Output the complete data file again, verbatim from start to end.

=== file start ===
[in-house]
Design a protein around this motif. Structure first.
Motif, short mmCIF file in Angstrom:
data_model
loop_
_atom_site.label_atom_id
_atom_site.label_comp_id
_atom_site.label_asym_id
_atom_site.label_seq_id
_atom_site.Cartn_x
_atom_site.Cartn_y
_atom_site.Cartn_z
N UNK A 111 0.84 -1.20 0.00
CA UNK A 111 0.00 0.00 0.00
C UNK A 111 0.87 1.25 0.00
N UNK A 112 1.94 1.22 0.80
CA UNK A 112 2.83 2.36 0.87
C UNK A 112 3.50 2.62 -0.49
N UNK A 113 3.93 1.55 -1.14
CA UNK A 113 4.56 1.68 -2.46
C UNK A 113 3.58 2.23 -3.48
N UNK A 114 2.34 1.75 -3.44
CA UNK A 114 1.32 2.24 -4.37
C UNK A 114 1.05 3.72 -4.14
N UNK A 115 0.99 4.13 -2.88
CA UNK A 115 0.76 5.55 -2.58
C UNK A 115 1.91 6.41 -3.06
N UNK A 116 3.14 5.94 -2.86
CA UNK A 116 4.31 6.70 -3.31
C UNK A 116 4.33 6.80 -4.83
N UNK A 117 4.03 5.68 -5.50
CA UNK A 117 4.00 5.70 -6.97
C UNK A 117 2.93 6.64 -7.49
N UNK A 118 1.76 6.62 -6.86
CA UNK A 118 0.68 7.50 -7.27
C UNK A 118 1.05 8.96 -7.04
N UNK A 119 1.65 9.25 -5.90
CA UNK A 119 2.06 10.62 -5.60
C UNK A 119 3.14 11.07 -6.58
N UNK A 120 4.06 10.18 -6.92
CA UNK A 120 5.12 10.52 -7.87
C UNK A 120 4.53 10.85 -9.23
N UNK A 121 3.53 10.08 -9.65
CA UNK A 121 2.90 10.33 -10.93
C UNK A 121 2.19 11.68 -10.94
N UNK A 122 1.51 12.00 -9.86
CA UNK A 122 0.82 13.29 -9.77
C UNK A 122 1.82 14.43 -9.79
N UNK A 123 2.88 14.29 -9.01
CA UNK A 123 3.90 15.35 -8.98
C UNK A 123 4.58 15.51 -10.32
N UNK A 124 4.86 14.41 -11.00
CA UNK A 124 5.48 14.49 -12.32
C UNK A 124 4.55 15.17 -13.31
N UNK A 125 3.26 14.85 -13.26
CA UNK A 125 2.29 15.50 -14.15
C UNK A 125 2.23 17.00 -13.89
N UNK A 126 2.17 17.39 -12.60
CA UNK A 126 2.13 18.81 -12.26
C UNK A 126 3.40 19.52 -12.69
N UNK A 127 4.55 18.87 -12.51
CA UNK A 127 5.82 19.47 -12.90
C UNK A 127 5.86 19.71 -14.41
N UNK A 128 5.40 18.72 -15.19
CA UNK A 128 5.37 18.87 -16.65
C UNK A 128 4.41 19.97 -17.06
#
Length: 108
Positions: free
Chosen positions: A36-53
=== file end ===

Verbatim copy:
[in-house]
Design a protein around this motif. Structure first.
Motif, short mmCIF file in Angstrom:
data_model
loop_
_atom_site.label_atom_id
_atom_site.label_comp_id
_atom_site.label_asym_id
_atom_site.label_seq_id
_atom_site.Cartn_x
_atom_site.Cartn_y
_atom_site.Cartn_z
N UNK A 111 0.84 -1.20 0.00
CA UNK A 111 0.00 0.00 0.00
C UNK A 111 0.87 1.25 0.00
N UNK A 112 1.94 1.22 0.80
CA UNK A 112 2.83 2.36 0.87
C UNK A 112 3.50 2.62 -0.49
N UNK A 113 3.93 1.55 -1.14
CA UNK A 113 4.56 1.68 -2.46
C UNK A 113 3.58 2.23 -3.48
N UNK A 114 2.34 1.75 -3.44
CA UNK A 114 1.32 2.24 -4.37
C UNK A 114 1.05 3.72 -4.14
N UNK A 115 0.99 4.13 -2.88
CA UNK A 115 0.76 5.55 -2.58
C UNK A 115 1.91 6.41 -3.06
N UNK A 116 3.14 5.94 -2.86
CA UNK A 116 4.31 6.70 -3.31
C UNK A 116 4.33 6.80 -4.83
N UNK A 117 4.03 5.68 -5.50
CA UNK A 117 4.00 5.70 -6.97
C UNK A 117 2.93 6.64 -7.49
N UNK A 118 1.76 6.62 -6.86
CA UNK A 118 0.68 7.50 -7.27
C UNK A 118 1.05 8.96 -7.04
N UNK A 119 1.65 9.25 -5.90
CA UNK A 119 2.06 10.62 -5.60
C UNK A 119 3.14 11.07 -6.58
N UNK A 120 4.06 10.18 -6.92
CA UNK A 120 5.12 10.52 -7.87
C UNK A 120 4.53 10.85 -9.23
N UNK A 121 3.53 10.08 -9.65
CA UNK A 121 2.90 10.33 -10.93
C UNK A 121 2.19 11.68 -10.94
N UNK A 122 1.51 12.00 -9.86
CA UNK A 122 0.82 13.29 -9.77
C UNK A 122 1.82 14.43 -9.79
N UNK A 123 2.88 14.29 -9.01
CA UNK A 123 3.90 15.35 -8.98
C UNK A 123 4.58 15.51 -10.32
N UNK A 124 4.86 14.41 -11.00
CA UNK A 124 5.48 14.49 -12.32
C UNK A 124 4.55 15.17 -13.31
N UNK A 125 3.26 14.85 -13.26
CA UNK A 125 2.29 15.50 -14.15
C UNK A 125 2.23 17.00 -13.89
N UNK A 126 2.17 17.39 -12.60
CA UNK A 126 2.13 18.81 -12.26
C UNK A 126 3.40 19.52 -12.69
N UNK A 127 4.55 18.87 -12.51
CA UNK A 127 5.82 19.47 -12.90
C UNK A 127 5.86 19.71 -14.41
N UNK A 128 5.40 18.72 -15.19
CA UNK A 128 5.37 18.87 -16.65
C UNK A 128 4.41 19.97 -17.06
#
Length: 108
Positions: free
Chosen positions: A36-53